By Heather Fuller
Mark was very active – a 56-year-old ex-soldier – and he struggled immensely when he began to succumb to the effects of his degenerative condition, motor neurone disease.
As someone used to dealing with his problems head on, by getting up and physically doing something about them, losing his mobility was terrifying him.
He needed to get used to using a hoist as his mobility degenerated, but he tried it and hated it. After that he was unwilling to engage in exercises that would get him used to being hoisted. With someone like Mark, creative tactics were needed to persuade him to co-operate.
While working with him, I confided in him that I had a fear of deep water that I wanted to overcome so I could go diving with my husband.
This prompted Mark, who’s always a man of his word, to make a deal with me: I had to face my fear of deep water and he would face his fear of losing control and being hoisted.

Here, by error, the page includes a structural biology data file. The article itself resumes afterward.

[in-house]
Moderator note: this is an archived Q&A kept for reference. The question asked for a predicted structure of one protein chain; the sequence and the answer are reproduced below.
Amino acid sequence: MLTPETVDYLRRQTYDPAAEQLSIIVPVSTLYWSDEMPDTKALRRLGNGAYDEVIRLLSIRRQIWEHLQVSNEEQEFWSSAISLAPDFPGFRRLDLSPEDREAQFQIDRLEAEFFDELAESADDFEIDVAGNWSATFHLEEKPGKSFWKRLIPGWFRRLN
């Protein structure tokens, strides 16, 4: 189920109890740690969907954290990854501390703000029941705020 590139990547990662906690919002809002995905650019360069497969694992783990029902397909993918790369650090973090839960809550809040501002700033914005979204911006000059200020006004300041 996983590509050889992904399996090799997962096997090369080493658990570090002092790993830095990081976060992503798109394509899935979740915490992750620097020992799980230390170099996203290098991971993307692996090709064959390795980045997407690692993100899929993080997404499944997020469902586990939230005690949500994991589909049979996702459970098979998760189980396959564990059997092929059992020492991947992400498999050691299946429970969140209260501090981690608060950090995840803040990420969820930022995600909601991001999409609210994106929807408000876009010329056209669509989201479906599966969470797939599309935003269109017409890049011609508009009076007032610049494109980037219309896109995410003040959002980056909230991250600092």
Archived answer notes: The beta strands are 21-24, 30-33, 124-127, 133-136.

I was as good as my word. I’ve now built a good relationship with Mark and I know that, having kept my side of the deal, he trusts me.
Next time I see him, I know he’ll be ready to give the hoist another go.
I’ve faced my deep water fears, Mark – now it’s your turn.
Heather Fuller is an advanced care practitioner for focus, the Grimsby-based independent social work practice
Article sourced from Community Care Website